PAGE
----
UNIX operating systems enforce strict access control of files based on the owner, a group, and everyone else. This tech-recipe describes the techniques for setting these access controls with chmod.
The UNIX chmod command can be confusing unless a few basic points are explained. It allows different access control for the owner of the file u, a specific group of users on the system g, and everyone else o.
There are three different permissions that can be assigned to the users above. Read r, write w, and execute x. As a shortcut, all of these permissions can be represented by a.
Composing a chmod command requires putting together the user(s) affected, a plus or minus to add or remove the permission(s), and the permissions to change. The following summarizes these:
u owner r read
g group +/- w write a all
o other x execute
When a long listing is made of a file, the first part of the listing shows the permissions of the file (for example, -rwxr-x—). The first character indicates if the item listed is a directory (with the letter d there) or a file (with a – as shown in this example). The next three characters (rwx) are the permissions for the owner of the file (read, write, and execute in this example). The next three (r-x) are the group permisisons (read and execute). The last three (—) are permissions for other (anyone else) and indicates no permissions.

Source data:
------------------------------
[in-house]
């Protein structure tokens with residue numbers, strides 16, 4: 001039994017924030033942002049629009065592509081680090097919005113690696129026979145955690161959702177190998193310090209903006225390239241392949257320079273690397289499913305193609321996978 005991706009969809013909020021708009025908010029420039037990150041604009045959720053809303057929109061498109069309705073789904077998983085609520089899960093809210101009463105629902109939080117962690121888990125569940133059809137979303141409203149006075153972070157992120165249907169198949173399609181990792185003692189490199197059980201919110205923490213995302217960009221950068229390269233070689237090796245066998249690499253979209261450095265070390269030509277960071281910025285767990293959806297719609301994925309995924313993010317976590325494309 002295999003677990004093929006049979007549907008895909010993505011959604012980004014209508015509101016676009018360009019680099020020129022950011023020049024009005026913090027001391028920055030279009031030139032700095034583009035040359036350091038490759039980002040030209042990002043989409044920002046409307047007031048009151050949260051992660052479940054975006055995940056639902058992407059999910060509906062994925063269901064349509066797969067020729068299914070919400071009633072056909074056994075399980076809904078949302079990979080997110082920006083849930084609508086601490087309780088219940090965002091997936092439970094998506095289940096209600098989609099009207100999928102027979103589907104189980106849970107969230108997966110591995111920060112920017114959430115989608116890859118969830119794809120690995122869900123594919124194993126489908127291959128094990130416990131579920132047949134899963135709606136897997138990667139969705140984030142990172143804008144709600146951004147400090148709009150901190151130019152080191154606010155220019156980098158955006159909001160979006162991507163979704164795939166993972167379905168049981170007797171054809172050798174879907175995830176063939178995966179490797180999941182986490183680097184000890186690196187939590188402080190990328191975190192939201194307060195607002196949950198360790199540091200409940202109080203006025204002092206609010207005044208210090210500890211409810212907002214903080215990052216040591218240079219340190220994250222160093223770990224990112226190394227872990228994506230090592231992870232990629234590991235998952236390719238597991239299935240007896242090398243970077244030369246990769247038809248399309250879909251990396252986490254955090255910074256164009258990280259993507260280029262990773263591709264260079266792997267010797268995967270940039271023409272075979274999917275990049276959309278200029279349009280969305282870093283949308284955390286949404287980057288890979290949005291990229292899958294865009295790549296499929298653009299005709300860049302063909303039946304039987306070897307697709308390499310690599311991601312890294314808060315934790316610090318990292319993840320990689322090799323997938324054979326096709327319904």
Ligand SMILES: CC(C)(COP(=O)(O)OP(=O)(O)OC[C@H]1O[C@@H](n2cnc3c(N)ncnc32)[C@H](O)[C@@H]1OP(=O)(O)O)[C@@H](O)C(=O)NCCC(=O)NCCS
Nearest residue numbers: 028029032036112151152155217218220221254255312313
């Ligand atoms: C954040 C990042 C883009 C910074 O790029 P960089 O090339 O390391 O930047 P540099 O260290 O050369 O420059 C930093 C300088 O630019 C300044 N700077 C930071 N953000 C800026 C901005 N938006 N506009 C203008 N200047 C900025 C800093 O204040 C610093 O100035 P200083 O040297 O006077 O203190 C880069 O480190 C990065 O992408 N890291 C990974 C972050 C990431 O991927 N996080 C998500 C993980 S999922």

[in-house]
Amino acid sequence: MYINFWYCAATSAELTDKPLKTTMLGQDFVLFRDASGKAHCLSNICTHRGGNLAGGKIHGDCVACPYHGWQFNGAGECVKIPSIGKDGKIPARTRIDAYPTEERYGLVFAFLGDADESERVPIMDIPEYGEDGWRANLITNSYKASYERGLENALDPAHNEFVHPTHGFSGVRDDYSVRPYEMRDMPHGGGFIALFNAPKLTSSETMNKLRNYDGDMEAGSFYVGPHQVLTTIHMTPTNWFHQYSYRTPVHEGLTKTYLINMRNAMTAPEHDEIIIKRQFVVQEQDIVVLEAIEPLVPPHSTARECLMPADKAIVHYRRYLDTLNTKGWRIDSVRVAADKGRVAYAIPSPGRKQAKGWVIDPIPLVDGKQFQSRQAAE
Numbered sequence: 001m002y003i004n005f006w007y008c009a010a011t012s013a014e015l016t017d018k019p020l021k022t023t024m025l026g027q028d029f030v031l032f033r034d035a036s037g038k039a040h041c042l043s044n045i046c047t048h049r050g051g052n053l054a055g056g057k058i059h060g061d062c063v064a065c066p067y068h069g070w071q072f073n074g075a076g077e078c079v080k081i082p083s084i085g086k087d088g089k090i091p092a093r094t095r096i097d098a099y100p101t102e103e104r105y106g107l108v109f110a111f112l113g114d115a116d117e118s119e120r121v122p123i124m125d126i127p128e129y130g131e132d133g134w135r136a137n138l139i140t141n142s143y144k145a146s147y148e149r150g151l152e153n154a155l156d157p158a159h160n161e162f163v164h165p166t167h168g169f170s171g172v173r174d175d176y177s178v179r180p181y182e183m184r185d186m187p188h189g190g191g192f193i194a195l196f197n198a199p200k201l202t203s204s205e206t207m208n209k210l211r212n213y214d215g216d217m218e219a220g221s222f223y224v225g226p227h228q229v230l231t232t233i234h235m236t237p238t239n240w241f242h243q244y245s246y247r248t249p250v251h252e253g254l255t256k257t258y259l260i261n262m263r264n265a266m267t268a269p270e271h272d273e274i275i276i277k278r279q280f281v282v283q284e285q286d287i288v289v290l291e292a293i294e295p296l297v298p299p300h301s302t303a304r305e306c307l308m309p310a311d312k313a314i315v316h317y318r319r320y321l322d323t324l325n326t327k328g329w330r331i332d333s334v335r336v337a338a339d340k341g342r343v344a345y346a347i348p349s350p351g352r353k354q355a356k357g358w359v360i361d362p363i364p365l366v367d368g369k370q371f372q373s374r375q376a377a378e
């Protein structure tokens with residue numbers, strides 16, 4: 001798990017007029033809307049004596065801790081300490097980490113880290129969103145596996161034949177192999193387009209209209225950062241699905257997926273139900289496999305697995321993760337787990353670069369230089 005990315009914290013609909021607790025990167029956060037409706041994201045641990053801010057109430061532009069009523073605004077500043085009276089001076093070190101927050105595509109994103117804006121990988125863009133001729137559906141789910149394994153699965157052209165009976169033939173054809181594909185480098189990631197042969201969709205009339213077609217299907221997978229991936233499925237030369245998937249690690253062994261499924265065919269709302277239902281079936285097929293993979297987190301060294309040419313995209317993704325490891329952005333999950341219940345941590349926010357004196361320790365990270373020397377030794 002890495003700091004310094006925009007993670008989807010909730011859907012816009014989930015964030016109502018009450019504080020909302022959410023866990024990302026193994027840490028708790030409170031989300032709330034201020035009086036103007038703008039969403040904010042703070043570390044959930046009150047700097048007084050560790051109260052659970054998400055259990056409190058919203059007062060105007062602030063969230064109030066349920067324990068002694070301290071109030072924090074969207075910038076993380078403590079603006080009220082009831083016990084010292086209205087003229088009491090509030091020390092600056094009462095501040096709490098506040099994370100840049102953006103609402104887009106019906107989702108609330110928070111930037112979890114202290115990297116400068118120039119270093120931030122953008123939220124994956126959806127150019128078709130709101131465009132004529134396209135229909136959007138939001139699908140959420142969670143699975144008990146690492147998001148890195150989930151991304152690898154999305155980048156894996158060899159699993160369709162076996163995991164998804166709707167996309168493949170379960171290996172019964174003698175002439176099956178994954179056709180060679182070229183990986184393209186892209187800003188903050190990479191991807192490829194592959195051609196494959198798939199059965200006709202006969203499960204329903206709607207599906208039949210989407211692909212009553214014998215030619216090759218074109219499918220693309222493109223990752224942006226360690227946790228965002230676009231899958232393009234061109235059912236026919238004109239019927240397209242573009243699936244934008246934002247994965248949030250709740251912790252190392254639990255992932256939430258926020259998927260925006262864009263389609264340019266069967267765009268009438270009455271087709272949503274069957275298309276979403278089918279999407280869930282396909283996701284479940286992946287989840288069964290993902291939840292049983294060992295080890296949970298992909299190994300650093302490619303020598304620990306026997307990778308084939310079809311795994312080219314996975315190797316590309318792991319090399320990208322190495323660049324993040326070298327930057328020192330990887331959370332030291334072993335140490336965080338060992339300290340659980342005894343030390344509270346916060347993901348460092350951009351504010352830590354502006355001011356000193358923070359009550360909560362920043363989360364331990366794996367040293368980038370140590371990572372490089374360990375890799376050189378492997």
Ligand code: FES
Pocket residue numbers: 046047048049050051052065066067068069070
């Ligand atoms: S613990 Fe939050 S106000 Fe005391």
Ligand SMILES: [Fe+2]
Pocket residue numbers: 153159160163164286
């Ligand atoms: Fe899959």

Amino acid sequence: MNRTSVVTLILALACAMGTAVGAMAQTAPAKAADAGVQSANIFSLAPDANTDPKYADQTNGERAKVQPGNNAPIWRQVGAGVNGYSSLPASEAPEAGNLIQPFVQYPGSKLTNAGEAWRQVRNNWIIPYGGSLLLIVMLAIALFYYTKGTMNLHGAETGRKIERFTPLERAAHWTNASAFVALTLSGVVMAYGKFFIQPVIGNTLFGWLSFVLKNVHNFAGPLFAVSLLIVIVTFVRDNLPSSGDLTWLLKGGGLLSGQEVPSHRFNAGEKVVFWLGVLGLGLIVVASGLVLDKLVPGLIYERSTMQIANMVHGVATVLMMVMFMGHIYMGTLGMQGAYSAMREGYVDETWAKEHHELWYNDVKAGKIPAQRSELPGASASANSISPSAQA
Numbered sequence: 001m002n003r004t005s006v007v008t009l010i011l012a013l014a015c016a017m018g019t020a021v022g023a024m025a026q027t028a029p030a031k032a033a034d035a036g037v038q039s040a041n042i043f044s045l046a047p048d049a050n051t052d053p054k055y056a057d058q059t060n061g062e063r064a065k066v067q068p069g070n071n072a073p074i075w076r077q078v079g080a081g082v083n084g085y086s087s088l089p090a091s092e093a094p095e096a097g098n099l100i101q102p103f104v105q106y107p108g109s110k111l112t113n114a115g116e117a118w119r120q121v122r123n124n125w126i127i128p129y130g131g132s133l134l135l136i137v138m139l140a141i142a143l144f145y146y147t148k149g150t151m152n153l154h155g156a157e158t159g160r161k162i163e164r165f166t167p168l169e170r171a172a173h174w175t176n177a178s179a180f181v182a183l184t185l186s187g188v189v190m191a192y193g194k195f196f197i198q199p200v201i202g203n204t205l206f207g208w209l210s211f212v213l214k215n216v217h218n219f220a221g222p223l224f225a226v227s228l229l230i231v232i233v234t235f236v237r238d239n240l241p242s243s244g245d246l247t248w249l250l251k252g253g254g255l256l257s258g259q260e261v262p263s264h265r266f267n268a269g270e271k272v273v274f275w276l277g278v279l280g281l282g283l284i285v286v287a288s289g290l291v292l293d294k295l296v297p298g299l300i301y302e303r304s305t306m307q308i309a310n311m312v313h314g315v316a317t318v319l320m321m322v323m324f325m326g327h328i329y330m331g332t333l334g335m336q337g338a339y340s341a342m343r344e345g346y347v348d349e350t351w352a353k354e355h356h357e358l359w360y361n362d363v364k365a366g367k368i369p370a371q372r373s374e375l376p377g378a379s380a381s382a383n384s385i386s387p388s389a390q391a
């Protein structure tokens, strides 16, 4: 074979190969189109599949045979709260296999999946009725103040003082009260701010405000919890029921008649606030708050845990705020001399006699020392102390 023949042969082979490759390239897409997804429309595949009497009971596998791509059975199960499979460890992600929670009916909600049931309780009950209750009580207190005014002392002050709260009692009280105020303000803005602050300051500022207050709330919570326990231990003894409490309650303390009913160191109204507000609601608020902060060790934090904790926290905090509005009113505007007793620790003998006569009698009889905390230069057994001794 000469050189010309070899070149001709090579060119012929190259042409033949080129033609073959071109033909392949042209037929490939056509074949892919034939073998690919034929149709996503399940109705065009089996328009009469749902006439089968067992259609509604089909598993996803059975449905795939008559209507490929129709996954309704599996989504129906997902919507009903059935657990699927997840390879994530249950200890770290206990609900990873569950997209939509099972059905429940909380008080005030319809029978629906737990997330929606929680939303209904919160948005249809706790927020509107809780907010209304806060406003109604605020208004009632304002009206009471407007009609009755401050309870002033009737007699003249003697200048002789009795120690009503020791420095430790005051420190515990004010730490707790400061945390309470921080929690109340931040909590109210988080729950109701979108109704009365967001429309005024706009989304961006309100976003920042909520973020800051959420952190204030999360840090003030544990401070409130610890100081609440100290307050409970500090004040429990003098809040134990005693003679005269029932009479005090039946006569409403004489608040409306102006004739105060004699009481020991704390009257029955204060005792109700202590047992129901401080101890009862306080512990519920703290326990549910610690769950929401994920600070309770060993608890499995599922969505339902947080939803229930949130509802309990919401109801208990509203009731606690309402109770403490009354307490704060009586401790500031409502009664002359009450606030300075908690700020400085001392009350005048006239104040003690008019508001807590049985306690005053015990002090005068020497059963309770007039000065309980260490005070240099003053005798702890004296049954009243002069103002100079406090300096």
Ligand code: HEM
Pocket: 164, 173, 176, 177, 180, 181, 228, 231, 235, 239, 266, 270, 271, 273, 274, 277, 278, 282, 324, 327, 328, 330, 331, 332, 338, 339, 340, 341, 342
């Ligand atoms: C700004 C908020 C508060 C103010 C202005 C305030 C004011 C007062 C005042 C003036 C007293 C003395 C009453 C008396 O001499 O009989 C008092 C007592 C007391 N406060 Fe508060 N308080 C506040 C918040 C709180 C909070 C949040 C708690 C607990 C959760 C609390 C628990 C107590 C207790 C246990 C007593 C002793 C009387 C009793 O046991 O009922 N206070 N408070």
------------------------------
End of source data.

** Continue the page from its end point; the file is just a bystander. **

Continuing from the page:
Now, the chmod command becomes simple as long as you keep in mind what you are trying to accomplish. For example, the requirement “allow other people read access to myfile” can be accomplished by the following:
chmod o+r myfile
Multple characters can be placed on either side of the +/- to perform more complex changes. The requirement “allow the owner and group members of thefile to read and write to thefile” becomes as follows:
chmod ug+rw thefile
More examples include the following:
chmod u+a file add all permissions to owner
chmod go-a file remove all permissions to group and other
chmod +r file add read permissiosn to everyone (u, g, o)
chmod o+x dir allow others to cd into directory
Note that an x permission on a directory allows the affected users to be able to change into that directory.
Changed in permissions can be chained together in a single command. Therefore, to add read and write to owner, read only to group, and other no access to the file bigfile, use the following command:
chmod u+rw,g+r,g-w,o-a bigfile
Once you have a handle on this syntax for chmod and are ready for another powerful way to use the command, check out the tech-recipe advanced octal file permissions with chmod.